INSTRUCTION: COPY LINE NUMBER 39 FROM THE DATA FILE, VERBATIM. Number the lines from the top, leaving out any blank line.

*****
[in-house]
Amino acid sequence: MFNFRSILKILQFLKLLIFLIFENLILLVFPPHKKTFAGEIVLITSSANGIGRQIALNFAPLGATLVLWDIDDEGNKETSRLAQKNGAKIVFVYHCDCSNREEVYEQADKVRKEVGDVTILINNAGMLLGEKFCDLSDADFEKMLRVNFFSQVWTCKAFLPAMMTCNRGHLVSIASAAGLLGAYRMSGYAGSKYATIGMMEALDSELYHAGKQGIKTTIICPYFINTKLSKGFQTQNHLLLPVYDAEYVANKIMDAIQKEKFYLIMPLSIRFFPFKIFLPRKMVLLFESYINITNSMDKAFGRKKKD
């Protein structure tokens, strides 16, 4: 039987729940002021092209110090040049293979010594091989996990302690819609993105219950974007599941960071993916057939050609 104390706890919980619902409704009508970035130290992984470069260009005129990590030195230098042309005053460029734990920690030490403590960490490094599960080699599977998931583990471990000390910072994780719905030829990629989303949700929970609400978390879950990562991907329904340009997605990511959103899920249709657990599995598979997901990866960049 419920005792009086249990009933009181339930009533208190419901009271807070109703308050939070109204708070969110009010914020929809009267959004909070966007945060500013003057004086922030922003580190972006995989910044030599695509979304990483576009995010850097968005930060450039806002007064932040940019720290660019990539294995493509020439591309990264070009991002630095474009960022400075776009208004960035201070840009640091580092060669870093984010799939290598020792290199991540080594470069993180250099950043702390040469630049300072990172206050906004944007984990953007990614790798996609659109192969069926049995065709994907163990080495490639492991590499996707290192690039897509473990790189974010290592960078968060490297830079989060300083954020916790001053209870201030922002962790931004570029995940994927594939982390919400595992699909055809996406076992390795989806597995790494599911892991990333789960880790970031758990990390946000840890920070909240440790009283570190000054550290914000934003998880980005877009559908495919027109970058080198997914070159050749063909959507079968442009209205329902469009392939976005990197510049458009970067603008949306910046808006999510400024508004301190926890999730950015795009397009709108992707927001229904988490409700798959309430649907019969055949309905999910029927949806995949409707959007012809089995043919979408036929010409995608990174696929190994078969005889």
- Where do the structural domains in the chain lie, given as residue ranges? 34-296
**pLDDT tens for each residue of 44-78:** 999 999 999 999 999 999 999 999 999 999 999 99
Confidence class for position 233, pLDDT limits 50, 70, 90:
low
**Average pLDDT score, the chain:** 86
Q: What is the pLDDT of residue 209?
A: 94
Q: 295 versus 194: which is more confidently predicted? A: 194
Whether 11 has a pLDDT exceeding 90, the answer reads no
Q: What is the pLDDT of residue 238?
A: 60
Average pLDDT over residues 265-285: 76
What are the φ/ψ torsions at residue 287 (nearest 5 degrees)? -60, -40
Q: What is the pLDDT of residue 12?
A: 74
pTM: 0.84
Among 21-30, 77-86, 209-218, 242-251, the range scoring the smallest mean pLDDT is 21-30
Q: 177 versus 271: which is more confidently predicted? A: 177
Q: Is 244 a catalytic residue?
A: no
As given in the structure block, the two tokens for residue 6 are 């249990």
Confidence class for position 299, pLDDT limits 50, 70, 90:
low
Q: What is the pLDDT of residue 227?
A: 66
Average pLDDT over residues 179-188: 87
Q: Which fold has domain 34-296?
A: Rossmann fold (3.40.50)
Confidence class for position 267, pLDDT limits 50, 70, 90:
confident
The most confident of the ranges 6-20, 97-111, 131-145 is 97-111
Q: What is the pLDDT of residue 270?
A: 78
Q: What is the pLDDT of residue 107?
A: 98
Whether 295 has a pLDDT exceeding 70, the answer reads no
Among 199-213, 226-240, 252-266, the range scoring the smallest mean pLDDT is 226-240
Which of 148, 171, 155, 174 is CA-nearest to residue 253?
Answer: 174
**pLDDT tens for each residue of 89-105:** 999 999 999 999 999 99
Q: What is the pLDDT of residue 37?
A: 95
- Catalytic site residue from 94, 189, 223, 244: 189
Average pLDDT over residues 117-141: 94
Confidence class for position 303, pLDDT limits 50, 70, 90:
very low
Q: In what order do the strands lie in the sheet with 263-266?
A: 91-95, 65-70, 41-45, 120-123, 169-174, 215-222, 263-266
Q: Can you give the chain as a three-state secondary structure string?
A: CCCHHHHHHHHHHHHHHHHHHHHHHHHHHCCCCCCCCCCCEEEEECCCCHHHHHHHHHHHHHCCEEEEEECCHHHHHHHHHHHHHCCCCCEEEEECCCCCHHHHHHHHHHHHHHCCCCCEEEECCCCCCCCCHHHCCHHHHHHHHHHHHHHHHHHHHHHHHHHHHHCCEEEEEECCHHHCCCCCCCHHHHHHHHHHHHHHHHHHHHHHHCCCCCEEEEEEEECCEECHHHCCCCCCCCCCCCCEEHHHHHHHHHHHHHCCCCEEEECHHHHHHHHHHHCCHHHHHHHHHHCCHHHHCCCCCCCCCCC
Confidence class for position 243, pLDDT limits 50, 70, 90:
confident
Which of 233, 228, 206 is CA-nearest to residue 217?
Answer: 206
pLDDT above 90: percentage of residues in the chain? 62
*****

Whether 295 has a pLDDT exceeding 70, the answer reads no